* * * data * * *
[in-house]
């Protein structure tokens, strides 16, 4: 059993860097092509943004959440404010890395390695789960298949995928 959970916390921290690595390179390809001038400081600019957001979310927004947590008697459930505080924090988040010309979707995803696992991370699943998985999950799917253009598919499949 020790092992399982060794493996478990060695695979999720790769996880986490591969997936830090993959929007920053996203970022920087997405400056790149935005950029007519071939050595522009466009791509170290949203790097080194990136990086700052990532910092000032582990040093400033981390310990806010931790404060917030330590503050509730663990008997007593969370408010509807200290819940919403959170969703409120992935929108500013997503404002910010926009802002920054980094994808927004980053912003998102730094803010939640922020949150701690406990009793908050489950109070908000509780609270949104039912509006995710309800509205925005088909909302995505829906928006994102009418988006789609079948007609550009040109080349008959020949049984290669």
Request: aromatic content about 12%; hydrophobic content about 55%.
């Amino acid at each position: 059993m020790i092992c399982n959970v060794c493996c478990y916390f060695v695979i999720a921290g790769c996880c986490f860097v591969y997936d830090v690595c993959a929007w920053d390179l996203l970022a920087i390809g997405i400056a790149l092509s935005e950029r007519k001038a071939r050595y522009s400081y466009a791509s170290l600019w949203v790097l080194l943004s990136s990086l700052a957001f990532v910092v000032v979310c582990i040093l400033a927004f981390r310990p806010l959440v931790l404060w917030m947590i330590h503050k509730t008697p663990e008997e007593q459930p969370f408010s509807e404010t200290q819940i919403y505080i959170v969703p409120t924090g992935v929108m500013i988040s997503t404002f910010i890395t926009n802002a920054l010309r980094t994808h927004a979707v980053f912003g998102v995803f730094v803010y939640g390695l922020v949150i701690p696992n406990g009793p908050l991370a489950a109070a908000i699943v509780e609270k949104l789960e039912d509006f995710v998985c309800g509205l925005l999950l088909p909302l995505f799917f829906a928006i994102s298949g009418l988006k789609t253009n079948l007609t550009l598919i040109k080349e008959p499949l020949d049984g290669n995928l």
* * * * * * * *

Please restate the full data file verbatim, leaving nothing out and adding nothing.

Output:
[in-house]
């Protein structure tokens, strides 16, 4: 059993860097092509943004959440404010890395390695789960298949995928 959970916390921290690595390179390809001038400081600019957001979310927004947590008697459930505080924090988040010309979707995803696992991370699943998985999950799917253009598919499949 020790092992399982060794493996478990060695695979999720790769996880986490591969997936830090993959929007920053996203970022920087997405400056790149935005950029007519071939050595522009466009791509170290949203790097080194990136990086700052990532910092000032582990040093400033981390310990806010931790404060917030330590503050509730663990008997007593969370408010509807200290819940919403959170969703409120992935929108500013997503404002910010926009802002920054980094994808927004980053912003998102730094803010939640922020949150701690406990009793908050489950109070908000509780609270949104039912509006995710309800509205925005088909909302995505829906928006994102009418988006789609079948007609550009040109080349008959020949049984290669």
Request: aromatic content about 12%; hydrophobic content about 55%.
């Amino acid at each position: 059993m020790i092992c399982n959970v060794c493996c478990y916390f060695v695979i999720a921290g790769c996880c986490f860097v591969y997936d830090v690595c993959a929007w920053d390179l996203l970022a920087i390809g997405i400056a790149l092509s935005e950029r007519k001038a071939r050595y522009s400081y466009a791509s170290l600019w949203v790097l080194l943004s990136s990086l700052a957001f990532v910092v000032v979310c582990i040093l400033a927004f981390r310990p806010l959440v931790l404060w917030m947590i330590h503050k509730t008697p663990e008997e007593q459930p969370f408010s509807e404010t200290q819940i919403y505080i959170v969703p409120t924090g992935v929108m500013i988040s997503t404002f910010i890395t926009n802002a920054l010309r980094t994808h927004a979707v980053f912003g998102v995803f730094v803010y939640g390695l922020v949150i701690p696992n406990g009793p908050l991370a489950a109070a908000i699943v509780e609270k949104l789960e039912d509006f995710v998985c309800g509205l925005l999950l088909p909302l995505f799917f829906a928006i994102s298949g009418l988006k789609t253009n079948l007609t550009l598919i040109k080349e008959p499949l020949d049984g290669n995928l």